More than looks make village a winner

PUBLISHED: 12:23 20 July 2006 | UPDATED: 10:31 06 May 2010

Miles Maxwell (right) with Philip Crowe Chairman of Ickleford Parish Council

Miles Maxwell (right) with Philip Crowe Chairman of Ickleford Parish Council

IT TAKES more than thatched cottages and ducks on a pond to earn the title Hertfordshire Village of the Year. In fact it s not about chocolate box looks at all – it s to do with community spirit, involving residents and moving forward together to the futu

IT TAKES more than thatched cottages and ducks on a pond to earn the title Hertfordshire Village of the Year. In fact it's not about chocolate box looks at all - it's to do with community spirit, involving residents and moving forward together to the future.

The Village of the Year competition, run by the Campaign to Protect Rural England, supplies a dauntingly-long list of questions for villages to answer when they enter including looking at the environment, businesses, facilities, organisations and how newcomers are welcomed.

To win, villages must show there is a strong community spirit in every area and that the needs of everyone are listened to and acted on, whatever their age or income.

Ickleford proved it was doing just that when it launched its Parish Plan initiative, with a committee separate from the parish council, chaired by Miles Maxwell and including a teenage girl to represent village youngsters.

The committee held a successful consultation day, attended by 200 residents, and used their comments to draw up a questionnaire asking exactly what villagers wanted to keep, what they hope to change and how they see the community moving forward.

They got an 86 per cent response rate - a figure that impressed the Village of the Year judges who also gave Ickleford the Best Community Project Award for the Parish Plan and for the fund-raising activities at St Katharine's Church.

"It was really crucial we got such a good response," said Mr Maxwell, who came to the village 10 years ago with his wife Michele and two young daughters.

"It means we have a very clear picture of what residents want, not just a snapshot. I think it's a real credit to the people of this village and it shows they really care about where they live."

Volunteers have processed the data, often with the guidance of officers from North Hertfordshire District Council, which also gave a grant.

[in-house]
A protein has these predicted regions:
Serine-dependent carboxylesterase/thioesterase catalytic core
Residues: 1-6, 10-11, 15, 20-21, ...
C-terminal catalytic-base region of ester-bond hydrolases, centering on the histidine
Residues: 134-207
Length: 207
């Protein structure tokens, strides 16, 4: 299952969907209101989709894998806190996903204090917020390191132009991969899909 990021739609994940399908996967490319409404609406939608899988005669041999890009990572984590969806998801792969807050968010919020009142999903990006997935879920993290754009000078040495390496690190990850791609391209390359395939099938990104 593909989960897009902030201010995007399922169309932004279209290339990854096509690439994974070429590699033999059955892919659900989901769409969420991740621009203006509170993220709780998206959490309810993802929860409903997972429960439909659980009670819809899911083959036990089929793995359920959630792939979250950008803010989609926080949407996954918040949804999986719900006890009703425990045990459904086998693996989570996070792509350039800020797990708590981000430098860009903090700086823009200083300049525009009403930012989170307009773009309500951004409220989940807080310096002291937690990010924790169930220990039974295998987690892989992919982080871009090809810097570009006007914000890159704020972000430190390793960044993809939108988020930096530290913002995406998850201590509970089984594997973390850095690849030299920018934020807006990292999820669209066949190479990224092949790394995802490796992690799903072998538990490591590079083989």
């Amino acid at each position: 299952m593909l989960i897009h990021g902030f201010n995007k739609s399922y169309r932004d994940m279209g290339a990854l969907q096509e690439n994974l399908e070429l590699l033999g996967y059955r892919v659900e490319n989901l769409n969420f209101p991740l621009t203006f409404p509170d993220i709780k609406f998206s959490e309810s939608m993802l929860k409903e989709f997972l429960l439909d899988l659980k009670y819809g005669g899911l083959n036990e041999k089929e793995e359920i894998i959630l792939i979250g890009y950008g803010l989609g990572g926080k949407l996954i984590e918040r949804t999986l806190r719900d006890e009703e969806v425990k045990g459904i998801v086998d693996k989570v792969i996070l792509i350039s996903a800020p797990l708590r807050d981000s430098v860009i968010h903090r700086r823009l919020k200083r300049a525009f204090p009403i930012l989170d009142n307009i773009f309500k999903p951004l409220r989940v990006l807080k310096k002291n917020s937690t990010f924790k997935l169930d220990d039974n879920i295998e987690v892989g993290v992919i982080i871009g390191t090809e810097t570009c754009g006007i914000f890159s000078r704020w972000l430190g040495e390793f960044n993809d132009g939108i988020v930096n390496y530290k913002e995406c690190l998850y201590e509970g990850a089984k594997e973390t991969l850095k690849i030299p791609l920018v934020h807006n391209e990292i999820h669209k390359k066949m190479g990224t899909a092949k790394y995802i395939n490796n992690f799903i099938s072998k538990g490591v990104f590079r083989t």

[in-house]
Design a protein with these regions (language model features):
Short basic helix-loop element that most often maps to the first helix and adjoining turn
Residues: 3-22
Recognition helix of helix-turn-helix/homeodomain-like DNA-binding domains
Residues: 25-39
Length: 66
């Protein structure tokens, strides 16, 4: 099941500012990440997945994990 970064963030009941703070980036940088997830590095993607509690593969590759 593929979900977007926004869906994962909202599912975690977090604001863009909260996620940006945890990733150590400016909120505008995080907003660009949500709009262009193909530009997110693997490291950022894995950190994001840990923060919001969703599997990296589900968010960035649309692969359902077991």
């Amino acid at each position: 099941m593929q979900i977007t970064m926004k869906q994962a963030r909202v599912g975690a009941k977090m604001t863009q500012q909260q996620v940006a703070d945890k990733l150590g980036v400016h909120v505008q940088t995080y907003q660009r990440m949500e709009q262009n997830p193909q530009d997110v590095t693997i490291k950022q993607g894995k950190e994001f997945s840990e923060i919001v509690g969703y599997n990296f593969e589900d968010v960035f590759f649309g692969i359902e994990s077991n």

"Their support has been integral," said Mr Maxwell.

"We have built on the partnership with the district and county councils."

Ickleford boasts four pubs, a village shop, a thriving school that has just won three awards of its own, sports clubs, numerous groups and societies - many using the village hall - and a church that played a full part in gaining the award.

Judges were very impressed with the fund-raising commitment of St Katharine's congregation.

When the Maxwells came to Ickleford they were rather reluctant newcomers, moving for work from a home they loved. But they are very glad they made the move.

"It's a good mix here," said Mr Maxwell.

"We've got a rural community with only 1,800 residents but all the facilities of Hitchin and Letchworth nearby. It is almost perfect in terms of where it's located."

The consultation has revealed issues to be tackled though and four groups have been set up to look at crime and disorder, traffic and transport, facilities and amenities and the environment.

The questionnaire revealed a high level of concern about traffic speeding through the village and a need for more facilities for young people and better public transport.

"We had an excellent team of volunteers from the village inputting the data which was then analysed by Steve Ramsey, who is on the parish plan steering committee," said parish clerk Katrina Henshaw.

"It was quite a task but North Hertfordshire District Council gave us support and we bounced ideas off them."

The parish council is thrilled that Ickleford has won the coveted award.

"We are absolutely delighted," said Katrina.

"It's a real credit to the people in the village and it shows that people really care about where they live.

"People here get involved in what is going on and considering we are so close to Hitchin we have still been able to keep our identity. It's a good place for children to grow up in."

The award was announced in the same week that the village school was given accreditation as a healthy school; won a silver travel plaque for encouraging families to find greener ways to bring pupils, and came first in the rural schools sports competition.


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